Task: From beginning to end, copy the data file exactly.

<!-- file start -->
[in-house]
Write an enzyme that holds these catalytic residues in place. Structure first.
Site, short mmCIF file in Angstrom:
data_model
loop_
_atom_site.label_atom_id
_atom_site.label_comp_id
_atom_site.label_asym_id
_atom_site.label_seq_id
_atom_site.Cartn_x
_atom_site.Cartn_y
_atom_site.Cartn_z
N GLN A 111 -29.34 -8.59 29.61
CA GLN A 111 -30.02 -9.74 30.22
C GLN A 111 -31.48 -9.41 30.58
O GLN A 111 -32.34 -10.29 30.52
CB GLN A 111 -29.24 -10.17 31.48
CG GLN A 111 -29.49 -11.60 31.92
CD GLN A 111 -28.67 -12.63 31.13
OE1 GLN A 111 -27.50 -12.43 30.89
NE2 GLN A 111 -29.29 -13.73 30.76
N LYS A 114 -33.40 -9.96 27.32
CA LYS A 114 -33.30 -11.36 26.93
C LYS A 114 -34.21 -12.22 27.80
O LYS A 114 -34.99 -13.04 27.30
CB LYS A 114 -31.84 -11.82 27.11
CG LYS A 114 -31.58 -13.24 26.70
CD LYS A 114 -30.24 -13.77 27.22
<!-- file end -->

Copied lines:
[in-house]
Write an enzyme that holds these catalytic residues in place. Structure first.
Site, short mmCIF file in Angstrom:
data_model
loop_
_atom_site.label_atom_id
_atom_site.label_comp_id
_atom_site.label_asym_id
_atom_site.label_seq_id
_atom_site.Cartn_x
_atom_site.Cartn_y
_atom_site.Cartn_z
N GLN A 111 -29.34 -8.59 29.61
CA GLN A 111 -30.02 -9.74 30.22
C GLN A 111 -31.48 -9.41 30.58
O GLN A 111 -32.34 -10.29 30.52
CB GLN A 111 -29.24 -10.17 31.48
CG GLN A 111 -29.49 -11.60 31.92
CD GLN A 111 -28.67 -12.63 31.13
OE1 GLN A 111 -27.50 -12.43 30.89
NE2 GLN A 111 -29.29 -13.73 30.76
N LYS A 114 -33.40 -9.96 27.32
CA LYS A 114 -33.30 -11.36 26.93
C LYS A 114 -34.21 -12.22 27.80
O LYS A 114 -34.99 -13.04 27.30
CB LYS A 114 -31.84 -11.82 27.11
CG LYS A 114 -31.58 -13.24 26.70
CD LYS A 114 -30.24 -13.77 27.22